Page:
Union calls off truck plant wildcat strike

Cleveland Freightliner plant

With layoffs imminent, truck manufacturing workers in North Carolina walked out until union officials called off the action.

After the workers' contracts expired on Saturday, staff at the Rowan County plant went on the offensive and walked out on the evening of Monday 5 March demanding safer conditions and higher pay.

Employer Freightliner LLC announced in December it was to slash 1,200 of 4,000 jobs.

Pickets had disappeared by Wednesday, however after union representatives of the United Auto Workers (UAW) posted a message on their web site saying, "The Un-sanctioned 'strike' has been officially called off."

"We want them to know they're supposed to be at work," said Willard Beck, a UAW official who has been answering calls from Cleveland plant workers.

The Charlotte Observer reported that they also posted a copy of a day-to-day contract the union signed with the company to continue operations while the two sides negotiate.

The Observer had previously reported that demanding safer conditions and higher pay, workers were picketing Tuesday in the wake of one of the biggest recent layoffs in North Carolina.

The strike followed months of labour turmoil at the truck manufacturing plant in the town of Cleveland, 40 miles north of Charlotte. The company, citing expensive government regulations for new diesel engines.

The labour contract expired Saturday night, and workers walked out late Monday in a so-called wildcat strike, one not sanctioned by the parent, International Union, UAW. Without gaining retroactive authorization, workers might not be eligible for strike pay, among other benefits.

It wasn't clear how many workers were striking and how many opposed the strike. Company and local union officials weren't talking Tuesday.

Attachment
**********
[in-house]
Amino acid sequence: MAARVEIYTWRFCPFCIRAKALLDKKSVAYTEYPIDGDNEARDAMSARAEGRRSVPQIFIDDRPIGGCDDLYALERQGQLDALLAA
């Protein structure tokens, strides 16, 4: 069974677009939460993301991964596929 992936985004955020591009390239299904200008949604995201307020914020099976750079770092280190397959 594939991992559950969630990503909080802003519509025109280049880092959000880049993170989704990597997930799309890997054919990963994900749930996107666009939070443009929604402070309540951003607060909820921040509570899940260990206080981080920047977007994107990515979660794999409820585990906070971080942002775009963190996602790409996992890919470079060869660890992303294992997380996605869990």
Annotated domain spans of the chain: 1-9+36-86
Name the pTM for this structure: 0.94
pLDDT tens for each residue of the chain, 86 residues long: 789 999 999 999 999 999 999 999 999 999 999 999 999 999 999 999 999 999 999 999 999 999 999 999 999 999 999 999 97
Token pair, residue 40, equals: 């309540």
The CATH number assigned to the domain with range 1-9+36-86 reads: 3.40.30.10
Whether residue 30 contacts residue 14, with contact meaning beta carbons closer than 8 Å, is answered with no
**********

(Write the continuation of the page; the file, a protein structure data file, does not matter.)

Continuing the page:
In contrast, workers at Freightliner's Gastonia plant overwhelmingly approved a new three-year contract Sunday, avoiding a strike there.

Local Freightliner officials have referred questions to corporate headquarters in Portland, Ore. Messages left Tuesday and over several weeks with a corporate spokeswoman were not returned.

Picketing workers said talks broke down because Freightliner wanted to cut benefits and would not consider safety issues or pay increases. They said their plant, the largest in the company's fleet, is the most profitable but has the lowest pay and benefits. The workers make larger long-haul or sleeper trucks.

Non-skilled assembly line workers top out at $22.30 an hour, or an annual salary of $46,384 based on a 40-hour work week, said several of the picketing workers, who wouldn't give their full names. Workers at the freightliner plant in Mount Holly, where smaller trucks are made, make a higher wage and have state-of-the-art equipment, the strikers claimed. Several of the workers said that their massive plant does not have an adequate ventilation system and instead relies on large fans.

The strike comes as the plant experiences a production lull and is about to start a usual three-week shutdown period, the workers said.

In December, Freightliner announced the massive layoffs, which were to take effect Sunday. The company then said they resulted from new federal diesel emissions standards that forced it to add expensive technology to the long-haul trucks, hurting sales.

State officials believe the Rowan layoff is the largest single North Carolina job cut since textile giant Pillowtex Corp. of Kannapolis closed in 2003, wiping out more than 4,000 jobs in Cabarrus and Rowan counties.

Large strikes in the Carolinas are rare compared with other parts of the country, in large part because the rates of unionization are so low. In 2006, South Carolina and North Carolina tied for having the lowest percentage of workers in a union, according to the Bureau of Labor Statistics.

In each state, just 3.3 percent of workers belonged to a union. Nationally, the figure was 12 percent.

List of recent large strikes

1998 Nearly 1,500 Continental General Tire workers in Charlotte go on strike before reaching a new contract nearly a year later. The plant laid off nearly all of its remaining workers in 2006, when it stopped making tires in Charlotte.

1997 About 1,000 Charlotte-area Teamsters joined a 16-day strike against UPS.

1992 Nearly 1,100 mechanics at USAir's Charlotte maintenance base participated in a six-day strike against the airline, now known as US Airways.

Update 19 April
libcom arrow for bullet points US: Truck plant strike leaders sacked